What do you do?

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At social events I’m often asked ‘What do you do?’

I could answer ‘I knit’,  ‘I take photos’ or  ‘I spend a lot of time reading’ but I know that what I’m really being asked is ‘What do you do for a living?’

Why is this so important to us?

Looking at what happens when faced with losing our jobs can provide some useful insight. Fear of job loss may encompass feelings of failure, of letting other people down, feelings of being out of control together with the more practical aspects of not having enough money to pay the bills.

As an HR Consultant who has managed multiple redundancy processes, I’ve found the one overriding fear is the belief that our job is our personal identity.  This belief can be so overwhelming that job loss can have a major impact on how we see ourselves and, subsequently, negatively affect our emotional and mental well being.   Extensive research shows that the negative impact of job loss can happen even if we believe that our job is under threat and even if that belief is mistaken.

In this ever changing world, the threat of job loss is not unusual.  So how can we help ourselves to  ensure we are in the best possible position if this happens to us? How can we ensure we feel we have other facets to our personal identity?

  1. Focus on a better work life balance.  It’s really easy to become totally absorbed in our job.  If we let this happen we gradually find that we have nothing else to talk about, we become irritable when we are away from work and we begin to put an unreasonably high value on those things that will help us fulfil our work goals.  It can result in stress and burnout and have a very negative effect on our health and on our relationships with others.  It makes sense to ensure we devote adequate time to other aspects of our life.  It may sometimes feel like we can’t do this but there is always a way to make it happen.  I find starting with making small changes helps – for example, set a start and finish time each day and stick to it which means not looking at work e-mails or taking work calls. If we don’t do this we will have no time to develop other aspects of our personal identity.
  2. Develop other hobbies, interests and friends. Once we have some free time to do other things it’s time to start thinking about how to create some fun! We could sign up to the gym, join a dance class, take up a new sport, introduce some creativity by learning a craft or enrol on an evening or on line course.  It really helps if we join a group because we will also gain a new network of friends with the same interests. If we do things that make us happy we become absorbed and forget about work. It makes a huge difference.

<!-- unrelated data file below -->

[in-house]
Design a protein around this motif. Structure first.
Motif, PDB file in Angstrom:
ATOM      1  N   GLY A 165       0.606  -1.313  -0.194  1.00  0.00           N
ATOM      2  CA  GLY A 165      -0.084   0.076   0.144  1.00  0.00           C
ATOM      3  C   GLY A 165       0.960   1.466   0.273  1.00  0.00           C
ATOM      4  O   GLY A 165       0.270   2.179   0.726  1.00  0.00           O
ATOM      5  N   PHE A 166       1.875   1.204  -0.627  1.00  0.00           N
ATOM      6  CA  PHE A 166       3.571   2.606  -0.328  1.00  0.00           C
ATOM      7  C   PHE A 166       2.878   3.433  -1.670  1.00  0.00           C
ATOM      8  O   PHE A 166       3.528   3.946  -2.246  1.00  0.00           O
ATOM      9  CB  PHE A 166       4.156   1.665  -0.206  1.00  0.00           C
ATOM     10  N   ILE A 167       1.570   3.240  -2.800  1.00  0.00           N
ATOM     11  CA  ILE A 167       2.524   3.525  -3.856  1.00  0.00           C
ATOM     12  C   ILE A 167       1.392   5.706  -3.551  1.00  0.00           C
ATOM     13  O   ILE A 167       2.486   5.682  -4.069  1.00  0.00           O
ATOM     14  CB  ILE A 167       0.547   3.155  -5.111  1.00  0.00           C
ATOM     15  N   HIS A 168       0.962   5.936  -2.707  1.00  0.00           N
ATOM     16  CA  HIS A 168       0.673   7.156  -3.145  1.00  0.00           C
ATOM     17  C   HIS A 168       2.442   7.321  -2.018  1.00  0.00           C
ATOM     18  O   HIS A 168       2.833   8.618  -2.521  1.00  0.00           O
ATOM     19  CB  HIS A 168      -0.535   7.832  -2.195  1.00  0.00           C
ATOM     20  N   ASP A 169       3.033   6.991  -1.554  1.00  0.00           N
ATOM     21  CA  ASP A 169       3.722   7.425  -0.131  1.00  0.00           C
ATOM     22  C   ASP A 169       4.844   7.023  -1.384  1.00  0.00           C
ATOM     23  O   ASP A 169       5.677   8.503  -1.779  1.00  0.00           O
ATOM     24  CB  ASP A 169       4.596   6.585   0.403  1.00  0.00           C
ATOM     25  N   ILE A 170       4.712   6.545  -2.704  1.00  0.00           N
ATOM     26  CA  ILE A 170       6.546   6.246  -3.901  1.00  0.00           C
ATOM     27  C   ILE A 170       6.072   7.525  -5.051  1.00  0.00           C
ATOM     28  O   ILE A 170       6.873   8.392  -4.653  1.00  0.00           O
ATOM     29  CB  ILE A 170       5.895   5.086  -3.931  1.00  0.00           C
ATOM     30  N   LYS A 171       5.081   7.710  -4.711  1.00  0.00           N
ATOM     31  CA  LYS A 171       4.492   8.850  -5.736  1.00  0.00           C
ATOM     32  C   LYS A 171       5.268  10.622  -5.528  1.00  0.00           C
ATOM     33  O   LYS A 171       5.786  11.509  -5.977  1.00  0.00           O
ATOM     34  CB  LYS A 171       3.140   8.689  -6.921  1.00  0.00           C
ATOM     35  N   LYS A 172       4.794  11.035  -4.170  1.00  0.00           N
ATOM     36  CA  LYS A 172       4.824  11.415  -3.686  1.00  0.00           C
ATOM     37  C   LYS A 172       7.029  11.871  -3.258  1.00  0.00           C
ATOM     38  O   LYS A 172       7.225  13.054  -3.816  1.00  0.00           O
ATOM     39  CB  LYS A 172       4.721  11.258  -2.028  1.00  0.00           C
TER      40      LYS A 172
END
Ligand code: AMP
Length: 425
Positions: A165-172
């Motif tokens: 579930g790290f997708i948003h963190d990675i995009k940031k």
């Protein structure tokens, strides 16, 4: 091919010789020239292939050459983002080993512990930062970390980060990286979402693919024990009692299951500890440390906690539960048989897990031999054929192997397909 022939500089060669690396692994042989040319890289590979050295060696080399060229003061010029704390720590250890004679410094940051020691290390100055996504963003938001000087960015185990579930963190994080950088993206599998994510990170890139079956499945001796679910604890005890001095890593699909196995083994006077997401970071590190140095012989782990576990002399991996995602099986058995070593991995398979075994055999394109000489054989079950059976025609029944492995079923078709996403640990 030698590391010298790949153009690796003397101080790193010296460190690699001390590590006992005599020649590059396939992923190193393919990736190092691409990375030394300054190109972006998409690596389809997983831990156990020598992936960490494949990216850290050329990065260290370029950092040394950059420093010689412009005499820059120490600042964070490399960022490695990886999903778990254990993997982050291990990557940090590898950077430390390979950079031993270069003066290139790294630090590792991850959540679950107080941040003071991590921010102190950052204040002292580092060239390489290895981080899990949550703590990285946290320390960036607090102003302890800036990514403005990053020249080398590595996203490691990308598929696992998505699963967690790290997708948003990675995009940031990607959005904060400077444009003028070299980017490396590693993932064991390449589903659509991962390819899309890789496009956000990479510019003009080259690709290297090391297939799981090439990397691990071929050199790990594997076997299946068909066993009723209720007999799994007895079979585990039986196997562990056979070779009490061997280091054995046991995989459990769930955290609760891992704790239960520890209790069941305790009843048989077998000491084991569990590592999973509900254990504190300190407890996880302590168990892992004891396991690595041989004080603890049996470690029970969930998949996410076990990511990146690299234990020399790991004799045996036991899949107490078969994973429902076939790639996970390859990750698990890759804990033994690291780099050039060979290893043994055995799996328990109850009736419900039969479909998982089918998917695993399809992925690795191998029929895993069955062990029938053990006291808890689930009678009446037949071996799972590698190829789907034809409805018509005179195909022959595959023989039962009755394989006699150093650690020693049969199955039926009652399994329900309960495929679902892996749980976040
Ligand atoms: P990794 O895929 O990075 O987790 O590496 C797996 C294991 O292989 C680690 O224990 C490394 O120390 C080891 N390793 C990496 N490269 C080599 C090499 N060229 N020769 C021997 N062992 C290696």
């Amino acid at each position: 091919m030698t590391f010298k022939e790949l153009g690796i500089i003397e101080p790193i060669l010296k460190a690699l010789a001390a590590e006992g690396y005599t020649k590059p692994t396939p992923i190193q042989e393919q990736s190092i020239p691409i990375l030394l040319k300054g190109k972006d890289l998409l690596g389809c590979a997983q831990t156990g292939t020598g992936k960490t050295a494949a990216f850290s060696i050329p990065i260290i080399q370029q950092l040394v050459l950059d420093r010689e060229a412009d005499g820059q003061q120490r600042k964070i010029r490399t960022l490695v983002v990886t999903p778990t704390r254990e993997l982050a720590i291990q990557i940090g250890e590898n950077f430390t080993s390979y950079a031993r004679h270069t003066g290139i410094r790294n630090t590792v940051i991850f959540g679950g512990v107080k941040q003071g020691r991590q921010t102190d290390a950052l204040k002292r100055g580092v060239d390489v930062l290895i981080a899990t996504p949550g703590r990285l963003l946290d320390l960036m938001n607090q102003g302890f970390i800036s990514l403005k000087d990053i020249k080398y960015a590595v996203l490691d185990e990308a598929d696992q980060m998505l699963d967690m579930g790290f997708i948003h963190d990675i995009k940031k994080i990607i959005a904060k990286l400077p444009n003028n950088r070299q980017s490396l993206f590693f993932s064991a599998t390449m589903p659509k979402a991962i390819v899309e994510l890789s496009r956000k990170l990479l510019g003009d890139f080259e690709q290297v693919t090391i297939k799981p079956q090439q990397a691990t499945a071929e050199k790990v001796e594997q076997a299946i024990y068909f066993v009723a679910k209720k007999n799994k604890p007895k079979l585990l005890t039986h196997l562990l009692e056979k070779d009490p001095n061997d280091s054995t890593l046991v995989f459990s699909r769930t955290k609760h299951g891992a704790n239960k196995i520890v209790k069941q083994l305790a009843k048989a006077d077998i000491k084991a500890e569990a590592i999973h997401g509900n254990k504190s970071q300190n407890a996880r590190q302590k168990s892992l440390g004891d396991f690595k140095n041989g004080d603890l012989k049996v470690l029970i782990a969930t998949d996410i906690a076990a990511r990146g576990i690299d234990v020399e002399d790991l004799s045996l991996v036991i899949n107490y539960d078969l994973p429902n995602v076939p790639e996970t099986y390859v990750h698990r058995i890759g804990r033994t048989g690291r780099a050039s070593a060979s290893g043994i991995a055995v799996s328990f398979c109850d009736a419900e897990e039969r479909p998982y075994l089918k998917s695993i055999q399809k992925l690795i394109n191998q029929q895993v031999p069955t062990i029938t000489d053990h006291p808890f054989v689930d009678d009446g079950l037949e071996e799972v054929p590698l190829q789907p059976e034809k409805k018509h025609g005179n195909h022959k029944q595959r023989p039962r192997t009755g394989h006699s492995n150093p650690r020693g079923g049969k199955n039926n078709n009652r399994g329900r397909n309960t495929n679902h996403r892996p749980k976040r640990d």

3. Develop a part-time business.  Workaholics (like me!) might find it more rewarding to develop a part-time business.  We might need to tell our employer about this, depending on the terms of our contract and, needless to say, it shouldn’t be something that is in competition with our employer!  The business could be making and selling hand made products, developing websites, marketing, photography, writing – the possibilities are endless.  In addition to adding a new aspect to our personal identity we might develop an alternative income stream.
  4. Develop new transferable skills.  Creating a more holistic personal identity isn’t about losing focus at work. We all have a responsibility to ourselves to enjoy our work life. We can do this by being positive, learning new skills and keep our existing skills and knowledge up to date.  We can look out for new opportunities – for example when internal vacancies arise or there is a possibility of being seconded into another team.
  5. Be open to change. We can be the person who says yes to change. Having more skills will only make us more employable and more valuable to our employers. It will differentiate us and give us a much better chance of being in control of our own work lives.

Next time when someone asks ‘What do you do?’ What will your answer be?

Take care until next time.

Yvonne

 

 

 

 

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